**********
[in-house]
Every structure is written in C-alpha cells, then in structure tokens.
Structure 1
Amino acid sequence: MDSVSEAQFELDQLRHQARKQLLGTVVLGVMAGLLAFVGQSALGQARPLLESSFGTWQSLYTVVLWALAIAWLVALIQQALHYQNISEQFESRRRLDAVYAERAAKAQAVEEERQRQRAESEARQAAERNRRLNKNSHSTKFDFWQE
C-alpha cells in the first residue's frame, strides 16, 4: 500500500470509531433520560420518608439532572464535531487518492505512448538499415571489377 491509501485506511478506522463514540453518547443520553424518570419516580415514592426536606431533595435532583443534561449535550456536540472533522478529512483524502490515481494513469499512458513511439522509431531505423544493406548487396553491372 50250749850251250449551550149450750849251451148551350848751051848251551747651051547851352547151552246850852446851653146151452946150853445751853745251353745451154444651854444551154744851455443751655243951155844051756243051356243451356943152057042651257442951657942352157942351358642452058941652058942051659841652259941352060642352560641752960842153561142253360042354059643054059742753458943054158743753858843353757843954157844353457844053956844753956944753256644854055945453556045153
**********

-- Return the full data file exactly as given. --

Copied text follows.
[in-house]
Every structure is written in C-alpha cells, then in structure tokens.
Structure 1
Amino acid sequence: MDSVSEAQFELDQLRHQARKQLLGTVVLGVMAGLLAFVGQSALGQARPLLESSFGTWQSLYTVVLWALAIAWLVALIQQALHYQNISEQFESRRRLDAVYAERAAKAQAVEEERQRQRAESEARQAAERNRRLNKNSHSTKFDFWQE
C-alpha cells in the first residue's frame, strides 16, 4: 500500500470509531433520560420518608439532572464535531487518492505512448538499415571489377 491509501485506511478506522463514540453518547443520553424518570419516580415514592426536606431533595435532583443534561449535550456536540472533522478529512483524502490515481494513469499512458513511439522509431531505423544493406548487396553491372 50250749850251250449551550149450750849251451148551350848751051848251551747651051547851352547151552246850852446851653146151452946150853445751853745251353745451154444651854444551154744851455443751655243951155844051756243051356243451356943152057042651257442951657942352157942351358642452058941652058942051659841652259941352060642352560641752960842153561142253360042354059643054059742753458943054158743753858843353757843954157844353457844053956844753956944753256644854055945453556045153